Sibling rivalry is inevitable. “In fact, in the 2-4 age group, kids will have some kind of fight every 6.3 minutes.” That is almost 10 fights an hour!
Child psychologist and Kids in the House expert, Rebecca Eberlin, emphasizes the importance of sibling relationships. “Helping your kids to make friends with each other offers them the opportunity to really strengthen their conflict resolution skills,” she says. “We see children navigating conflict at home, being the children that can really navigate conflicts outside of the home.”
What can parents do to help resolve sibling conflict and form deeper bonds between their children?
Here are 4 expert tips on how to help your kids get along:
1. Never compare your kids
The number one issue that causes lasting resentment between siblings is parental comparison. When a parent compares one child to another, what that child understands is that they are not good enough. According to Kids in the House expert, Vanessa Van Petten, it creates conflict between siblings and can increase tensions in the household. Her advice is for parents to teach older kids how to mentor younger ones. “A lot of the times [children] don’t realize they actually are a role model for their younger sibling,” she says. “If they take their younger sibling out to play or to talk to them about relationships, it can set up a nice mentor relationship between the two of them and lessen rivalry in the household.”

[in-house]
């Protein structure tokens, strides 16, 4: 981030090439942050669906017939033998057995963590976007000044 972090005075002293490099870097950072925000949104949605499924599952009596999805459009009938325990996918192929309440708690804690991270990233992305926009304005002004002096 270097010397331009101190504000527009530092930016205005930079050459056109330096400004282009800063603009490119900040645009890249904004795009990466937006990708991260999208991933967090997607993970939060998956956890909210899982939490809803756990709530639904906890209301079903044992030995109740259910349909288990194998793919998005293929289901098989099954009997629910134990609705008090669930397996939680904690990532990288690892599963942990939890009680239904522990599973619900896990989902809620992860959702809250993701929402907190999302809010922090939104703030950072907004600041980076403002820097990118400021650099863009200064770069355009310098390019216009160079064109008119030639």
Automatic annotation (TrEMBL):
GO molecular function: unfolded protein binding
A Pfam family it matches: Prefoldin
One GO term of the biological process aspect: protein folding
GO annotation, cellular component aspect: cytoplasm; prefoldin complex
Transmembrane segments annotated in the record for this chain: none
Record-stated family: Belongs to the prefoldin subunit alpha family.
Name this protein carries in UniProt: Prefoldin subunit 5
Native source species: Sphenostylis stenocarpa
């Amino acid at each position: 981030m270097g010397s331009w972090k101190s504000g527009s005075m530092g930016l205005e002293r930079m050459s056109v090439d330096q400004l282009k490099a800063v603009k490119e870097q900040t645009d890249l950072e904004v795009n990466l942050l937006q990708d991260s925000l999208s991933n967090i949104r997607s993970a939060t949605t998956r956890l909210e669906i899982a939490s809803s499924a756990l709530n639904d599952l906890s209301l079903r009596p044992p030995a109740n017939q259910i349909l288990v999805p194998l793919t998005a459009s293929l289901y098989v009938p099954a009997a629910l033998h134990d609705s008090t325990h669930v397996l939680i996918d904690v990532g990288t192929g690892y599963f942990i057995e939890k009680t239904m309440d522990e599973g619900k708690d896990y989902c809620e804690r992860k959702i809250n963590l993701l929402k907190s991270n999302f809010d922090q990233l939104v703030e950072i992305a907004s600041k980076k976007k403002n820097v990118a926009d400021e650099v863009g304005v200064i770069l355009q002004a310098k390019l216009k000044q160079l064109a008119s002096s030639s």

2. Do not tolerate sibling bullying
Sibling bullying is the most common type of bullying: 75% of kids report being bullied by a sibling. This type of bullying can be extremely harmful and create lasting trauma for kids. It is up to parents to nip any negative behavior in the bud and emphasize mutual respect before bullying gets out of hand. Dr. Stephanie Mihalas recommends determining the underlying cause of the behavior. “You need to identify if there is something going on internally,” she say. “Once you’ve figured out if there is something going on in the academic environment, if there’s something going on in the peer environment, if there’s something going on in the home environment, you can decide what the appropriate intervention is for your child.” Sibling aggression should never be tolerated. Creating a safe environment for kids is a parent’s number one priority.
3. Reinforce positive communication
Dr. Pamela Varady, a Child and Adult Psychologist and sought-after parenting expert, recommends parents use descriptive praise to shape good sibling behavior. “Mostly what we do is criticize. You need to give the children at least 10 descriptive praise statements a day,” she says. “And you can do it to both siblings at the same time. Wow! Both of you are sitting here eating. Nobody’s fighting. You guys are great siblings. Thank you.”
4. Mediate but do not judge
According to best selling author, Betsy Brown Braun, “When a parent gets involved in sibling fighting, he tends to be in the role of judge and jury. When that happens, inevitably, you are showing favoritism towards one child or the other” and that is something you want to avoid. When parents intervene in sibling arguments, it is important that they do so in a constructive and unbiased way, and allow their children to resolve their own problems. One way to mediate a sibling argument is to frame the issue and restate each child’s position, and then allow them to problem solve together.
For more expert tips on sibling rivalry and how to help your kids get along, check out kidsinthehouse.com
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